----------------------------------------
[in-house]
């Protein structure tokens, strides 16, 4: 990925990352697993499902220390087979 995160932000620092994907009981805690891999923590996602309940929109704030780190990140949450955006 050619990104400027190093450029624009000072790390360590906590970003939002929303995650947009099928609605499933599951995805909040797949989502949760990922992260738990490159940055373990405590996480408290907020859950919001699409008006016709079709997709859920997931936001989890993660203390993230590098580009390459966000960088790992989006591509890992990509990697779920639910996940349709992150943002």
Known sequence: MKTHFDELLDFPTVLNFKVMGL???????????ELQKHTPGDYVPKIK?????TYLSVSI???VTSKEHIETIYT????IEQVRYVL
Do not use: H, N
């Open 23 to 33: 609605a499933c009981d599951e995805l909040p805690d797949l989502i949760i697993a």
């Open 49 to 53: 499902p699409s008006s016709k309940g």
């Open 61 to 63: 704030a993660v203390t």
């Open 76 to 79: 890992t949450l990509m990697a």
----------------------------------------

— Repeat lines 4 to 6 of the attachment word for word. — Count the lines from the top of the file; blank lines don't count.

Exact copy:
Do not use: H, N
């Open 23 to 33: 609605a499933c009981d599951e995805l909040p805690d797949l989502i949760i697993a």
């Open 49 to 53: 499902p699409s008006s016709k309940g």